Haiti officials renew passport for Duvalier

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Photo -   FILE - In this Jan. 20, 2012 file photo, former dictator Jean-Claude "Baby Doc" Duvalier drives away from the courthouse with longtime companion Veronique Roy, after attending a closed hearing in Port-au-Prince, Haiti. Haitian officials have renewed the diplomatic passport of former dictator Jean-Claude Duvalier, his attorney said Saturday, Jan. 5, 2012. Duvalier suddenly came back to Haiti in 2011 following 25 years in exile in France. Upon his return, Haitian authorities opened an investigation into the human rights abuses associated with his 15-year rule. But the judge instead recommended that Duvalier be indicted for only financial crimes, and faces no more than five years if convicted. (AP Photo/Ramon Espinosa, File)
FILE - In this Jan. 20, 2012 file photo, former dictator Jean-Claude "Baby Doc" Duvalier drives away from the courthouse with longtime companion Veronique Roy, after attending a closed hearing in Port-au-Prince, Haiti. Haitian officials have renewed the diplomatic passport of former dictator Jean-Claude Duvalier, his attorney said Saturday, Jan. 5, 2012. Duvalier suddenly came back to Haiti in 2011 following 25 years in exile in France. Upon his return, Haitian authorities opened an investigation into the human rights abuses associated with his 15-year rule. But the judge instead recommended that Duvalier be indicted for only financial crimes, and faces no more than five years if convicted. (AP Photo/Ramon Espinosa, File)
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PORT-AU-PRINCE, Haiti (AP) — Haitian officials have renewed the diplomatic passport of former dictator Jean-Claude Duvalier, his attorney said Saturday.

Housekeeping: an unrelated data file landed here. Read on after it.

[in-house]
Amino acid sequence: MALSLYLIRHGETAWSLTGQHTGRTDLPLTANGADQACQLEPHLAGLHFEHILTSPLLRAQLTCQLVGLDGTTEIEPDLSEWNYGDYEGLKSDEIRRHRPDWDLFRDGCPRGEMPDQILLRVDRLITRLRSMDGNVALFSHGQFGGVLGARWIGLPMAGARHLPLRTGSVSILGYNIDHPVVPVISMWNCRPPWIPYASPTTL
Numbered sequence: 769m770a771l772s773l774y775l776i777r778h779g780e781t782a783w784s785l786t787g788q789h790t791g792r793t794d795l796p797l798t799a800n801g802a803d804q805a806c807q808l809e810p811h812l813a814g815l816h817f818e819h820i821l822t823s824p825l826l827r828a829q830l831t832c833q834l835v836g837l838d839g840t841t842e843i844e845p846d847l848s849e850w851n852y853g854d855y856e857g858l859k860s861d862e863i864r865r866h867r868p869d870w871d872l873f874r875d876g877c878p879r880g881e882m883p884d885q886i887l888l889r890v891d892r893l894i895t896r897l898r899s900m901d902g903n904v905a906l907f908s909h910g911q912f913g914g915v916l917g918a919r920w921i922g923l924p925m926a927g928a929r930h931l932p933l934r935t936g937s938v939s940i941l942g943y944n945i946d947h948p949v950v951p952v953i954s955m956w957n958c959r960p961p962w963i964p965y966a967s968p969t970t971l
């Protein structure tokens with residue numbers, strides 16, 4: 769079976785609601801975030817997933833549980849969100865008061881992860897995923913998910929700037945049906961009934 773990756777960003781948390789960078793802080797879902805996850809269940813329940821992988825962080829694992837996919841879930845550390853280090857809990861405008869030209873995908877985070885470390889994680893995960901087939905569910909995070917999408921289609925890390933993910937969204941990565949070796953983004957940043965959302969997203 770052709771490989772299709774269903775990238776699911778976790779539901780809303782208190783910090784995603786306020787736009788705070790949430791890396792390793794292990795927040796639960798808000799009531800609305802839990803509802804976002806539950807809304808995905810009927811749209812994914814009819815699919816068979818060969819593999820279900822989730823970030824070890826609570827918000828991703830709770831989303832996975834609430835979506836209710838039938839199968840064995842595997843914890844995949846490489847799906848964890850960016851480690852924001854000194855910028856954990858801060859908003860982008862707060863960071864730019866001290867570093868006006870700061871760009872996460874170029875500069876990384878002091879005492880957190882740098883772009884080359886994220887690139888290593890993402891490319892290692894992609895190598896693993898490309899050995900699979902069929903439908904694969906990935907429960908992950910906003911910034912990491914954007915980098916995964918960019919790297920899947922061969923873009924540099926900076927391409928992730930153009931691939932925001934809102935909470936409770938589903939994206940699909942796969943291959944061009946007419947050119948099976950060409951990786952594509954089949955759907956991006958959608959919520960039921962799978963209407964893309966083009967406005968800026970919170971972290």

Lawyer Reynold Georges said the country's Ministry of Foreign Affairs reissued the expired travel document for Duvalier last month as is customary for ex-presidents and former prime ministers.

"They have to, because he's an ex-president," Georges said by telephone. "This is not something people should talk about. It's common practice."

Duvalier suddenly came back to Haiti in 2011 following 25 years in exile in France. Upon his return, Haitian authorities opened an investigation into the human rights abuses associated with his 15-year rule. But the judge instead recommended that Duvalier be indicted for only financial crimes, and faces no more than five years if convicted.

The case is currently slogging its way through an appeals process, and a hearing is scheduled for Jan. 24, Georges said. "I can guarantee you we will win," Georges said.

Throughout the case, the 61-year-old Duvalier has been spotted driving himself and a longtime partner throughout Haiti's capital, Port-au-Prince, apparently in defiance of a house arrest that, Georges said, expired last year. The pair has also been widely seen dining at some of the more high-end restaurants in the country.

It doesn't seem that Duvalier has made use of the travel document.

Georges said Duvalier was recently supposed to take a trip to Santo Domingo, the capital of the neighboring Dominican Republic, but wasn't sure if it actually happened.

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